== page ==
Slain Schoolchildren Remembered in Britain

TIMES STAFF WRITER

At 9:30 a.m. on its saddest Mother's Day, a nation stopped to remember the unforgettable.

Across Britain on Sunday, one minute of national silence mourned 16 first-graders and their teacher, shot to death by a madman at gym class Wednesday morning. Here in this Scottish village, the stillness screamed.

Later, a short, straight-backed woman who is the symbol of the British state and a society prideful of its civility came to comfort Dunblane. Queen Elizabeth II, accompanied by her daughter, Princess Anne, wore a purple hat and coat, long black boots and a carefully composed mask of grief. It slipped when she met bereaved parents.

"The visibly distressed queen spoke of the collective grief and profound sympathy felt for them by the entire country," a Buckingham Palace spokeswoman said.

The queen visited teachers and medical workers at a 700-year-old Gothic cathedral where the Rev. Colin McIntosh promised tearful worshipers that there is room for hope beyond despair--even for Dunblane, a village in shock since Thomas Hamilton walked into school with four handguns, shooting 28 children and three teachers before killing himself.

"The people of Dunblane need time to heal together and space to support each other. . . . And the chance to speak of their sadness in the way they must. Silence and space and time. These, I think, are our needs at this moment. And not an explanation," said the canon of the dun sandstone centerpiece of this affluent village of 7,300.

Overflow mourners stood bareheaded in an icy drizzle on the green, green grass of the cathedral graveyard. They held hands. Many seemed numb. Others were angry.

"Even grown-ups don't understand," McIntosh told children at the service. "Our only comfort lies in knowing that it was not the will of God that our children should die, that in those fatal, frightening moments in the school gym, God's heart was the first of all our hearts to break."

Near the end of the service, some in the churchyard said the Lord's Prayer with feeling; others hurled it at the gray sky.

After visiting some of the bereaved at the cathedral, the queen and princess added their remembrances to a carpet of flowers hundreds of feet long outside the grounds of Dunblane Primary School. The queen left a spray of pink and yellow flowers, Anne a bunch of snowdrops picked from her garden Sunday morning.

Flowers arrived from places as disparate as Russia, California and New Zealand, many bouquets accompanied by stuffed animals. Police officers rescued more than 500 of the toys from a wet, lingering winter, lining them up inside the school building.

On the British holiday called Mothering Day, the queen, herself the mother of four, visited the hospital in nearby Stirling where five wounded children and two teachers are recovering. The three most critically wounded children remain in a Glasgow hospital, including a 5-year-old on life support since suffering a postoperative collapse Friday.

At the hospital, the queen met 24 bereaved parents and members of slain teacher Gwen Mayor's family, along with some of the injured children. "The 15-minute meeting was private, profound and heartfelt. The queen listened as parents described their devastating loss," the palace spokeswoman said. "The queen said she was praying they would find the courage to endure their anguish and find the fortitude to face the future with the love and support of their families, friends and the community."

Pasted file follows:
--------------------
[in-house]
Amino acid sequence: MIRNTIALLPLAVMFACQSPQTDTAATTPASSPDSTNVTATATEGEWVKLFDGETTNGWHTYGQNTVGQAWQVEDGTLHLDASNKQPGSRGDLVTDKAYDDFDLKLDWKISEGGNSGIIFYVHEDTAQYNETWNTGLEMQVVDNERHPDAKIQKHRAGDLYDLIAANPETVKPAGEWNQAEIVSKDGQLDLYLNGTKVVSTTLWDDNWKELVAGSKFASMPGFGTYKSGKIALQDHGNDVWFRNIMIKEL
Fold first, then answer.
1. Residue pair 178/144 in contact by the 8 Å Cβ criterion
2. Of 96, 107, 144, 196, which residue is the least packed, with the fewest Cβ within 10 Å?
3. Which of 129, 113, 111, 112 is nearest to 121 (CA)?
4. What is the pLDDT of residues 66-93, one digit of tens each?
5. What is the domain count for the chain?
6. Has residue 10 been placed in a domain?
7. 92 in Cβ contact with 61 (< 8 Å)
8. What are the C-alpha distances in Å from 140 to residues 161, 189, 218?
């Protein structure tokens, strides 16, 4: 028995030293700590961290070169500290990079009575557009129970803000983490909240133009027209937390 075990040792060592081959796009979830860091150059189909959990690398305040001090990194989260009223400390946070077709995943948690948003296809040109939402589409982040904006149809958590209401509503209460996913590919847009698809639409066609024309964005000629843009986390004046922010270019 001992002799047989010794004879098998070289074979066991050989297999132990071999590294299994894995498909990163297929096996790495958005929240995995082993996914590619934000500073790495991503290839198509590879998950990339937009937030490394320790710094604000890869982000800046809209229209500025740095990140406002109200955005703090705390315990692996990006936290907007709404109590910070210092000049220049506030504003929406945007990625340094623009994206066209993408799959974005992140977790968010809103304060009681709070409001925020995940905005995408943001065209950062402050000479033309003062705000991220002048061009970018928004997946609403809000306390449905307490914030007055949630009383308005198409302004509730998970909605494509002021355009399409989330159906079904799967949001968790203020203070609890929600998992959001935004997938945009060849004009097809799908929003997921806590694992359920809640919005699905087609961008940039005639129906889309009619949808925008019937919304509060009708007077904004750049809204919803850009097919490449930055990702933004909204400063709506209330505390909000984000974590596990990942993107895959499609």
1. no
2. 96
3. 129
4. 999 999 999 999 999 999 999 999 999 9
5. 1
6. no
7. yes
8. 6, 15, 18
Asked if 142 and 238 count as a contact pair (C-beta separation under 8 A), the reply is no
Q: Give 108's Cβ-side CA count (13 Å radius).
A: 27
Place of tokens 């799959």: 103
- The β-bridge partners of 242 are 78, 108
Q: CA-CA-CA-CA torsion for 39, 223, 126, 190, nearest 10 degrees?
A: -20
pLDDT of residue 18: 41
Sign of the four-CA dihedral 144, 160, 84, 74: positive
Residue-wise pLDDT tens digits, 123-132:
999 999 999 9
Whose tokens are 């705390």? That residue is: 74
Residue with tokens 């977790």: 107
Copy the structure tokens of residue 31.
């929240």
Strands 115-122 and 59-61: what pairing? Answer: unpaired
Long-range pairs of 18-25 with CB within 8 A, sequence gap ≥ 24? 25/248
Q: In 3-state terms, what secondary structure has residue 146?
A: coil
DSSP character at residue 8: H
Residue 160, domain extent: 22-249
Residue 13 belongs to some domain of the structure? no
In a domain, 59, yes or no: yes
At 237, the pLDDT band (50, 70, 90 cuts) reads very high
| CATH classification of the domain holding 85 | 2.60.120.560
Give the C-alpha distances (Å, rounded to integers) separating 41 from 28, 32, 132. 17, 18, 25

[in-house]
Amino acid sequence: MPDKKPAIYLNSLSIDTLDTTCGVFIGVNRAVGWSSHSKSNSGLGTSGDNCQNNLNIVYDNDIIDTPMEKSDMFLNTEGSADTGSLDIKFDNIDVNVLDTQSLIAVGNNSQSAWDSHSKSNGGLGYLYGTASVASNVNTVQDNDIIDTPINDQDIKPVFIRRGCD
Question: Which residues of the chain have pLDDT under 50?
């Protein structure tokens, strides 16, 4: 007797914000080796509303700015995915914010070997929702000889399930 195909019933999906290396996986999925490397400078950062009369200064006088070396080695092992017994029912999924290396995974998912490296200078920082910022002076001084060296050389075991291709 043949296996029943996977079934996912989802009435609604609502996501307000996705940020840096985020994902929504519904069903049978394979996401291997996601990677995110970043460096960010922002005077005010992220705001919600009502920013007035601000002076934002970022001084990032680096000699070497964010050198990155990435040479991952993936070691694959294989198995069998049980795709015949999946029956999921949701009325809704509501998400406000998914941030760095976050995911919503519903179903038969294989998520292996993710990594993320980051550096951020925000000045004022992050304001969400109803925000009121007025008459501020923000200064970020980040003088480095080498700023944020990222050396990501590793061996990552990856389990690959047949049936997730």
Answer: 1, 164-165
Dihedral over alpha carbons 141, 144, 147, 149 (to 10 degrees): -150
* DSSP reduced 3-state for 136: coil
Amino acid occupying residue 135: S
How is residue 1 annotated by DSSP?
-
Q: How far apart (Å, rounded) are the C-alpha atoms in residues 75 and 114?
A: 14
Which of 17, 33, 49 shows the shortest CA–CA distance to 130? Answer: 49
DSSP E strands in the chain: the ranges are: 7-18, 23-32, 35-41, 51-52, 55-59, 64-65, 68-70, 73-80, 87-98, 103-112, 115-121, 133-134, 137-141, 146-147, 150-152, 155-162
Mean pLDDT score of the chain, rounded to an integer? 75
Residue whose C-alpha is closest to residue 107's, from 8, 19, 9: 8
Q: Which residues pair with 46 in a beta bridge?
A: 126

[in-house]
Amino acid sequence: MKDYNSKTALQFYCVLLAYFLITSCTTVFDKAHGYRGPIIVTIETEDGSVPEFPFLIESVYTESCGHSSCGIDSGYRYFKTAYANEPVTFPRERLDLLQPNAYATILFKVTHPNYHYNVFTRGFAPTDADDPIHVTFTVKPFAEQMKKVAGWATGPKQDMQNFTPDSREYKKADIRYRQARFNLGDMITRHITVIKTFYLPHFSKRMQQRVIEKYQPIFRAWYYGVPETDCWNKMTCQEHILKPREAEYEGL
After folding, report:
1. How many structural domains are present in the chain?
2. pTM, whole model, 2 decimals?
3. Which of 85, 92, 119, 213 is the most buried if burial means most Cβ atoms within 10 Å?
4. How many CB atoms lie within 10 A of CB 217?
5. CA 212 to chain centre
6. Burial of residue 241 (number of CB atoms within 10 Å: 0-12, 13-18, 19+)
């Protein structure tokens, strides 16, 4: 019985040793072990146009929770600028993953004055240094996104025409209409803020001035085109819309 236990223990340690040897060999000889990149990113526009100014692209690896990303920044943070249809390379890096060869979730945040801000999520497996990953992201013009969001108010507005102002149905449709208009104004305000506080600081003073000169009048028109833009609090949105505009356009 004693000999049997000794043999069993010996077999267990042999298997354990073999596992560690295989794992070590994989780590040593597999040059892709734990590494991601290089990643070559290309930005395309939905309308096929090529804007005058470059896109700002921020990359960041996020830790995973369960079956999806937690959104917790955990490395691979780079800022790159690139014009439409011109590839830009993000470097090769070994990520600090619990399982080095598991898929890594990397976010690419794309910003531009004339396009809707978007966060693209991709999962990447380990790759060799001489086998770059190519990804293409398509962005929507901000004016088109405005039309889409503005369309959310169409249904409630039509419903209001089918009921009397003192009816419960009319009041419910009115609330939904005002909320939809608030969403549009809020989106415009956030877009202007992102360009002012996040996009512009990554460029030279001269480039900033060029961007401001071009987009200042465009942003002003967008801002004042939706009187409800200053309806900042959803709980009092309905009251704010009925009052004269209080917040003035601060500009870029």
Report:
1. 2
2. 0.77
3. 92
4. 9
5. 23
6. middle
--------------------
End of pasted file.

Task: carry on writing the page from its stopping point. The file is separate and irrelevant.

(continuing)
Amid clear signs in pubs and snubs that Dunblane's patience with a media horde is wearing thin, police announced Sunday that media coverage of funerals would be restricted to a handful of pool reporters and cameras allowed only outside churches. A police "Note to Editors" read:

"You should be aware that public feeling in the Dunblane area is now noticeably turning against the media. It is important that your representatives are aware of this and that the community is allowed to grieve with dignity and without intrusion."

Police are legally constrained from discussing the killings or Hamilton, a loner who spent 20 years hopscotching across central Scotland establishing a network of athletic clubs for young boys. He played cat and mouse with officials who grew suspicious of him and gradually forced him out of town.

Four different police forces investigated complaints against Hamilton over the years, but no charges of any sexual misconduct were ever brought. Since being ousted as a Boy Scout leader in 1974--the complaint was incompetence, and there were no sexual overtones--Hamilton had been chased out of more than a dozen towns in central Scotland.

For Dunblane, more suffering lies immediately ahead: Sixteen funerals with tiny coffins begin today and end Thursday.

What the people of Dunblane crave most now, their leaders say, is the privacy to grieve and rebuild in their own way.

"Until the world moves back from us, we feel we can't really get started coming together," said Pat Greenhill, leader of the Dunblane Council.

But with grief, there is grit.

"Come back in a year and we will show you we have beaten this," school Principal Ron Taylor promised Prime Minister John Major during his visit last week.

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